Down the Highway to Freedom
David J. Garrow on the Freedom Riders
1961 and the
By Raymond Arsenault.
Oxford Univ. Press.
690 pp. $32.50
The “freedom rides” are a familiar historical name to many older Americans, but for most people under age 50 the words may stimulate only a vague association with the civil rights movement of the 1960s. Even readers with more extensive knowledge, as Raymond Arsenault notes at the outset of his excellent new history, may recall the Freedom Rides “as little more than a dramatic prelude to the climactic events of the mid- and late 1960s.”
The Freedom Rides were “largely the story of a single year,” Arsenault writes, involving “a rush of events that took place during the spring and summer of 1961.” The actual concept, however—“the provocative idea of an interracial bus ride through the South” at a time when racially separate seating was mandated in every form of public transit—actually dated back to 1947. That was when Bayard Rustin and George Houser, two young activists in a nascent civil rights organization called the Congress of Racial Equality (CORE), came up with a plan to test whether a 1946 U. S. Supreme Court ruling that segregation could not be imposed upon interstate travelers was actually being obeyed on southern long-distance buses.
Their resulting venture, the “Journey of Reconciliation,” entailed a small, all-male band of dedicated pacifists taking integrated seats on a bus trip southward through Virginia and North Carolina. The riders sought no publicity whatsoever, and their journey was relatively successful until they were threatened and then arrested in the ostensibly liberal university town of Chapel Hill. They escaped unharmed, but Rustin and two colleagues later were convicted of refusing an order to move to “colored” seating and served three weeks in prison after the North Carolina state courts affirmed the convictions.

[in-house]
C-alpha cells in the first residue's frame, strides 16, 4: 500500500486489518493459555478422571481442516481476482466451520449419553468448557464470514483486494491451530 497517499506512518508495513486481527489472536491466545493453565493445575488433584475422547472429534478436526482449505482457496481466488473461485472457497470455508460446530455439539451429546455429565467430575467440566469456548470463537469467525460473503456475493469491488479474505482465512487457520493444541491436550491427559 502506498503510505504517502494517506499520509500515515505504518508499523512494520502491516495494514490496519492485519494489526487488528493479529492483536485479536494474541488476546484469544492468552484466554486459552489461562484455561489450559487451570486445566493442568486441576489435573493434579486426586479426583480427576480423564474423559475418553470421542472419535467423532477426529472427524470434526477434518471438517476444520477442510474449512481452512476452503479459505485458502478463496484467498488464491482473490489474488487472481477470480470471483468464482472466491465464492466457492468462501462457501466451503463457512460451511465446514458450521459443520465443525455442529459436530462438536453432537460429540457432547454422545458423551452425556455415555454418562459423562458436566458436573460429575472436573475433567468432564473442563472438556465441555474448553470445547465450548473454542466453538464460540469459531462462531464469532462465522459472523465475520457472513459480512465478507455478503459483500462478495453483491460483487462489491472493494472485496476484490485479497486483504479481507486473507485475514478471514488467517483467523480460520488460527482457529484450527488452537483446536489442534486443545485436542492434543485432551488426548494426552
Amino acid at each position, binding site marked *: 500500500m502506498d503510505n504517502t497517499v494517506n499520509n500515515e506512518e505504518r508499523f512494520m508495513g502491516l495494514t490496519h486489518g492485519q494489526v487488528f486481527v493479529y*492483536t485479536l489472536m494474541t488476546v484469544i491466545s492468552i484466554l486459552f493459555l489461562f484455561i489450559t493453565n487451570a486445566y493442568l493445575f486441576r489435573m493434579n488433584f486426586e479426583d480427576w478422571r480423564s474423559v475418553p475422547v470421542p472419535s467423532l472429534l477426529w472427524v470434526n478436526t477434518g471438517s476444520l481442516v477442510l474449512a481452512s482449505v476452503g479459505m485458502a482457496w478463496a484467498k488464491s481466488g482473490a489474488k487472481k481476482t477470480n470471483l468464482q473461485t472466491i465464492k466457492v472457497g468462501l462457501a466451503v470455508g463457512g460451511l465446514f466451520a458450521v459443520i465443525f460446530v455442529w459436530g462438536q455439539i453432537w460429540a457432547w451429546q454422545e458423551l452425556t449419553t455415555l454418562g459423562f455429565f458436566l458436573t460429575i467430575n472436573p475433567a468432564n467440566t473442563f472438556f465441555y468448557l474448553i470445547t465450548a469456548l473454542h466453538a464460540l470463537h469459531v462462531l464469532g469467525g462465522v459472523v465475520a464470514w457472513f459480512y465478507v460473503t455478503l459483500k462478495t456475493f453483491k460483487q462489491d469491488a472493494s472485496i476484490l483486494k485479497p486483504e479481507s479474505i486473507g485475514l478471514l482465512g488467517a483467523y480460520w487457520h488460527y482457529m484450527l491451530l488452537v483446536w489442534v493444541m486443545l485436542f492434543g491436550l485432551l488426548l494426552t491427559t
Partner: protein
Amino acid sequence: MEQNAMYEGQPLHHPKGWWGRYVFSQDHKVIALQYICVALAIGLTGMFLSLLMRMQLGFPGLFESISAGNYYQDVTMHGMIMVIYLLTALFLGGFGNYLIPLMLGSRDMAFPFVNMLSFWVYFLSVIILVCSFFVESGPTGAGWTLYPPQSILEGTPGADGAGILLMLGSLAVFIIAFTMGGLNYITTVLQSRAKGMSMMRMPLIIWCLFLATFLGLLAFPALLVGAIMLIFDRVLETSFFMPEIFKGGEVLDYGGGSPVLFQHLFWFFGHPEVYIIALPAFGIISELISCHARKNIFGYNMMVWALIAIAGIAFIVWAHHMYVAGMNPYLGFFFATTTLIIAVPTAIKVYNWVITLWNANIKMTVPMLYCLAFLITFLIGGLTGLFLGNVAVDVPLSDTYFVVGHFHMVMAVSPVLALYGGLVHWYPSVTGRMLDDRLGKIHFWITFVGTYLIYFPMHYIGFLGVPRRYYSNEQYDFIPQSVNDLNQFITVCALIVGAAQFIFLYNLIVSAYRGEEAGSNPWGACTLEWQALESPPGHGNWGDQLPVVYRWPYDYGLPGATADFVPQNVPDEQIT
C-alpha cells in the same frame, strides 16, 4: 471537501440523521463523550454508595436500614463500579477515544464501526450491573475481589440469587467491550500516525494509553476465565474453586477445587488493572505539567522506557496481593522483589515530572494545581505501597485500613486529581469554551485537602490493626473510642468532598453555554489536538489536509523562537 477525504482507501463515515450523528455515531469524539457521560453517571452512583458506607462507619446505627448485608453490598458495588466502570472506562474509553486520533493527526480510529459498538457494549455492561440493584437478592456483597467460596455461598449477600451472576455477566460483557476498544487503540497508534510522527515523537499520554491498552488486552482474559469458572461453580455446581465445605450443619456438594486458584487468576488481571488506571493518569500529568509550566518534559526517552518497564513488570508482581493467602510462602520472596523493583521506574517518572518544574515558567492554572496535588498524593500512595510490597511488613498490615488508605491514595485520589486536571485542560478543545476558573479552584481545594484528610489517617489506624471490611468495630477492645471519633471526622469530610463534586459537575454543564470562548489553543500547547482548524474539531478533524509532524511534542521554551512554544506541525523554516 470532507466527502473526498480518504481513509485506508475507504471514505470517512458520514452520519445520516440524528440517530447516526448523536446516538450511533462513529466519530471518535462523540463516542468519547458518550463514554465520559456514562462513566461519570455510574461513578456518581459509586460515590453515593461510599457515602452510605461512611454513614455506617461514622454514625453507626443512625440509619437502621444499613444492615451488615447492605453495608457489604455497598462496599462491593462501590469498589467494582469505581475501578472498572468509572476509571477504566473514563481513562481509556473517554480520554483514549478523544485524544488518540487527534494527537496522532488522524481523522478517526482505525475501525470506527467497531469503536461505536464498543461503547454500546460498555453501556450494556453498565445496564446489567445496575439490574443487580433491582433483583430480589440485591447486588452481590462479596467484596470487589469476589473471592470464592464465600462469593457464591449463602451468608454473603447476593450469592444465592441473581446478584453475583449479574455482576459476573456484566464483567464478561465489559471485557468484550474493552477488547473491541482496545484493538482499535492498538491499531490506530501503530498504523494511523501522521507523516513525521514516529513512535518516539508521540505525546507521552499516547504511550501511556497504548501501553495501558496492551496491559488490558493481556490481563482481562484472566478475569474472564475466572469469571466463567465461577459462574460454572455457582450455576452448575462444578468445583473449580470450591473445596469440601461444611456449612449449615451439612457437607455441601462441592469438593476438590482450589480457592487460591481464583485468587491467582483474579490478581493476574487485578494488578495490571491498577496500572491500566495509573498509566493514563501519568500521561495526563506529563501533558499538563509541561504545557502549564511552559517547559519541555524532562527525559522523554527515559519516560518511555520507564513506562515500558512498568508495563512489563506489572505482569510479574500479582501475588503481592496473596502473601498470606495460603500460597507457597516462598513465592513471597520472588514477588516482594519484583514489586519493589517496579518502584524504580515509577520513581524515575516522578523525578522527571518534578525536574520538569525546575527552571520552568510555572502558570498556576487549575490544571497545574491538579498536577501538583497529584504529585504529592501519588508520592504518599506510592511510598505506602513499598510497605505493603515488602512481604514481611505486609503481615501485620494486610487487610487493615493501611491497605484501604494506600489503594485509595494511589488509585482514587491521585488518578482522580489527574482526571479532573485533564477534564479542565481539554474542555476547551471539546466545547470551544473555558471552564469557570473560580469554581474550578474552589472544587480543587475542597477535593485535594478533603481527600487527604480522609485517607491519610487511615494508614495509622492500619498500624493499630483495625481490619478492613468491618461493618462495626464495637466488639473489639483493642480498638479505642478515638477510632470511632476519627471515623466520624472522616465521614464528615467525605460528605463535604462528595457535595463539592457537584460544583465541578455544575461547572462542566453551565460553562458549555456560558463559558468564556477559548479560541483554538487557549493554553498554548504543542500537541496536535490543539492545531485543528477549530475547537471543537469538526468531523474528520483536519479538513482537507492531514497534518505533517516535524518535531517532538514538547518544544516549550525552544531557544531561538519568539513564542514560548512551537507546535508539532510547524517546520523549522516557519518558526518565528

Arsenault rightly terms Rustin “the intellectual godfather of the Freedom Rider movement,” and quotes him advocating the necessity of resistance to segregation through “non-violent methods which can be used by the rank-and-file” in 1947, a full eight years before the Montgomery, Alabama, bus boycott of 1955–56 made that idea famous. (Rustin went on to be a chief architect of the March on Washington in 1963.) Early in 1960, a loosely linked network of black southern college students expanded upon the successful Montgomery protest by mounting a series of lunch counter “sit-ins” that peacefully challenged segregated seating in privately operated public accommodations. A year later a new set of CORE activists, energized by yet another Supreme Court ruling affirming the unconstitutionality of segregated bus seating, made plans to repeat the 1947 venture, this time under the new “Freedom Ride” name.
The 1961 riders made their way successfully through Virginia, the Carolinas, and Georgia before encountering horrific violence in Alabama. One of the two buses on which they were traveling was attacked and burned by a white segregationist mob outside Anniston, and the second busload of travelers was brutalized by Ku Klux Klansmen in Birmingham while city police purposely held back. Those assaults received extensive national press coverage and forced the new Kennedy administration—President John and his brother, Attorney General Robert—to immediately confront the issue of violent opposition to civil rights activism.
Even before the bloodied CORE riders decided to fly out of Birmingham rather than continue southward by bus, a group of younger activists from Nashville, Tennessee, most of them members of the fledgling Student Nonviolent Coordinating Committee (SNCC), resolved to take up the ride and push onward to Montgomery. The Kennedy brothers believed that Alabama authorities would protect the new riders, but that trust was quickly betrayed when a Klan-led mob assailed them, again with police complicity, as they arrived in Montgomery.